Mobile changed that. Not only were we limited to 380x420 at the time, we also needed to adjust font sizes, etc. This gave birth to responsive web design.
With media queries we could not design very flexible layouts, allowing us (web developers and designers) to craft user experiences that would adapt to the user's screen.
But we needed more.
Sure we needed more 'native' capabilities, but we also needed a better way to craft web experiences. So we ran to what are called single page apps. This class of web app tries its best to mimic native application user experience by avaoiding the page flicker as new content is loaded.
Today, that has changed with PWAs. This is not a radically new way to build sites, but more of a combination of modern capabilities and best practices. The capabilities or APIs are due to the knowledge and experience we have gained through the mass adoption of mobile computing. In other words we have a very good idea what is needed and how to implemnent it. Service workers enable key technologies we desprately needed.
So now with Apple shipping service worker support and the initial vestiges of an add to home screen experience based on the web manifest file we are back to the original Apple recomendation, use the web to build mobile apps.
iOS Safari Progressive Web App Limitations
This is Apple's initial release of service workers and a progressive web application experience. Like any first release there are some limiations compared to Android and other browser implementations:
- You are limited to 50 Mb of PWA storage, which does not fall in-line with the defacto standards, at least on the surface. Remember on mobile storage & memory constraints are tighter, so you are naturally limited.
- After a few weeks dormat, iOS will clears the app's cache & persisted resources.
- No access to many platform features, which is to be expected. Don't worry, very few web sites or native apps leverage these APIs anyway
- Use of the native app payment system is not available, but this should be no surprise. I have always recommended payment gateways like Stripe anyway. I mean 30% is more than 10x the going rate.
- On iPad, no access to work with Side or Split Views sharing the screen with other apps
- No Push Notifications
- The display: fullscreen and display: minimal-ui won�t work on iOS; fullscreen will trigger standalone. minimal-ui launches the app in Safari. The mobile-web-app-capable META tag still works.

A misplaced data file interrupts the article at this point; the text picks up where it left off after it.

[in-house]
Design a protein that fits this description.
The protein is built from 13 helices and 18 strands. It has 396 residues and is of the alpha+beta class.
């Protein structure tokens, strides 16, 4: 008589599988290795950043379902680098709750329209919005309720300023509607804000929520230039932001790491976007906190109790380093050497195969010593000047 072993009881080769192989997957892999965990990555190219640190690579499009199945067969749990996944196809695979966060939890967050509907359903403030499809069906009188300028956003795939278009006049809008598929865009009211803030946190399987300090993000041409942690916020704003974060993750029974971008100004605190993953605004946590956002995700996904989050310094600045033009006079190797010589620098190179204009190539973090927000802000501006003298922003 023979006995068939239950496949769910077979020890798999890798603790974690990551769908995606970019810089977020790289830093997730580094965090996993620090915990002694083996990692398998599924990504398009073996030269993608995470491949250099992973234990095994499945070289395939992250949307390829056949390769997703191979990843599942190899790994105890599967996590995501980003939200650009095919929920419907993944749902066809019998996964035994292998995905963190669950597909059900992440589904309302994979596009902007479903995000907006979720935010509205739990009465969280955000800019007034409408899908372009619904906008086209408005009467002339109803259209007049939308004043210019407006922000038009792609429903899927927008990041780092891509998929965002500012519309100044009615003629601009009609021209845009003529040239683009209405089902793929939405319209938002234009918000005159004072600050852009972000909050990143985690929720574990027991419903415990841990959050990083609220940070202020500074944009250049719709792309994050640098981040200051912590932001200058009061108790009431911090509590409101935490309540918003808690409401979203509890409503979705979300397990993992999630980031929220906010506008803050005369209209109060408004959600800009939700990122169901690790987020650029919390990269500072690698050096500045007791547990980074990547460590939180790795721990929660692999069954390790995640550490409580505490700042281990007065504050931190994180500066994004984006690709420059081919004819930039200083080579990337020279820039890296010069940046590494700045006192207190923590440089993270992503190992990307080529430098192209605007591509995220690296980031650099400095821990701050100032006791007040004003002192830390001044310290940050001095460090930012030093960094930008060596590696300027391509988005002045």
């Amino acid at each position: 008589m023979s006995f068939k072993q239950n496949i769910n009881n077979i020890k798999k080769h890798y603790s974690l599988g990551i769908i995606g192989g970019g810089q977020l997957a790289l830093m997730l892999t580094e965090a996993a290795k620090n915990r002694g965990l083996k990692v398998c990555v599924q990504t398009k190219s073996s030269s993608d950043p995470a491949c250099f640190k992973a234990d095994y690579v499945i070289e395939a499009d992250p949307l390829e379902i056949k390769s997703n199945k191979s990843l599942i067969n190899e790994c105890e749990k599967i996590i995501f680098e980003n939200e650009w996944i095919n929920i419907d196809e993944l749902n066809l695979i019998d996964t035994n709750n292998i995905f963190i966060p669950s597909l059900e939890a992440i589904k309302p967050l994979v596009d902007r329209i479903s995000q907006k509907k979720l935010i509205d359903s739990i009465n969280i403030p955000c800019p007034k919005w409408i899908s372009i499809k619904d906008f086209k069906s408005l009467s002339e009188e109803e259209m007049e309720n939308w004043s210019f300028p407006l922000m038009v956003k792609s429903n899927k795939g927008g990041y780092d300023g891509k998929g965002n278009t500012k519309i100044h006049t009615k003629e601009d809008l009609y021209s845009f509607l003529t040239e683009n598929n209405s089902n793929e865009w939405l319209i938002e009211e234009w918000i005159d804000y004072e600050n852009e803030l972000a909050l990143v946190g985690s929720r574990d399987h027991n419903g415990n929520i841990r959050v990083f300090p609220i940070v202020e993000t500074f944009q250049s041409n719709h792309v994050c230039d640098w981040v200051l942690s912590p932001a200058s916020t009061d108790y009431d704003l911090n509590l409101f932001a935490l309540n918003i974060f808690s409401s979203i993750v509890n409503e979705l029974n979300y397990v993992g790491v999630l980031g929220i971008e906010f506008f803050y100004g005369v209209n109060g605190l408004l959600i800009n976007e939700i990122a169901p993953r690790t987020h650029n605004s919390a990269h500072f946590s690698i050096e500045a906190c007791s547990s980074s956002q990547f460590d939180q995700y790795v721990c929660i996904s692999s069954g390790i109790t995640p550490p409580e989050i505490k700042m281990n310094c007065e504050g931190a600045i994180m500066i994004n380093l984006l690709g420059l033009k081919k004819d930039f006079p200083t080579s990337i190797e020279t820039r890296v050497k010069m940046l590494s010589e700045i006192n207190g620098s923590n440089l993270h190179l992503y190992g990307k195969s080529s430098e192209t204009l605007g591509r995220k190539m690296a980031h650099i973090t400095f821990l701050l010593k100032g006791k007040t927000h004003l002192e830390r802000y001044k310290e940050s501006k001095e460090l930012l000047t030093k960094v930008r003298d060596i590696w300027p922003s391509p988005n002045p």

- No Background Sync
- No way to lock the orientation of your PWA
- The web manifest theme-color is not supported. The deprecated meta tag for black or white status bars still works.
- The web manifest's start_url value is not used to launch progressive web apps. You can still use navigator.standalone to track useage.
- web manifest icons are not yet used for home screen icons, again fall back to the touch icon META tags.
You should also design your mobile UX accordingly to allow users to go back to the previous page. This is nothing new, as the iPhone does not have a back button like Android.
The native WebView, used by pseudo browsers like Chrome, Edge, FireFox and Facebook, does not yet support service workers. But if you design your web app using progressive enahncement this will not affect you.
Don't let lack of these features be a deterant. My suspicion is push notifications will be added in the near future. I think you can still use web notifications, but the browser must be loaded for those to trigger. SMS is another effective fallback.
How Do You 'Install' an iOS Safari Progressive Web App?
Unlike Android Safari does not prompt the user with a Web App Banner asking the user to 'install' the PWA. I don't find this surprising either. Apple has never offered a native prompt to add web apps to the home screen.
You can still use something like the Cubiq.org Add to Homescreen library.
Users must open your web site in Safari and then press the 'Share' icon. From that menu they need to select the 'Add to Home Screen' option. This is no different than web apps have required since the first iPhone.
After the PWA is added to the iPhone or iPad home screen, it will looks other native app icons.
I still think this is a little extra friction than should be required, but for now I will take what I can get. I hope this streamlines in the near future.
It is truly an exciting moment in the history of the web. Apple has not adopted standard functionality like service workers in a while. This is a huge step for the popular platform to enable businesses to cost effectively engage with customers.
This also marks a major point in the life cycle of the modern mobile app era. We know consumers have been ignoring them more and more in recent years as app fatigue has set in. Progressive Web Apps offer a lower cost way for businesses to reach customers without the costs and friction of the stores.
Today, we have support available to general consumers on every platform. The last psuedo argument against investing in Progressive Web Apps has been destroyed.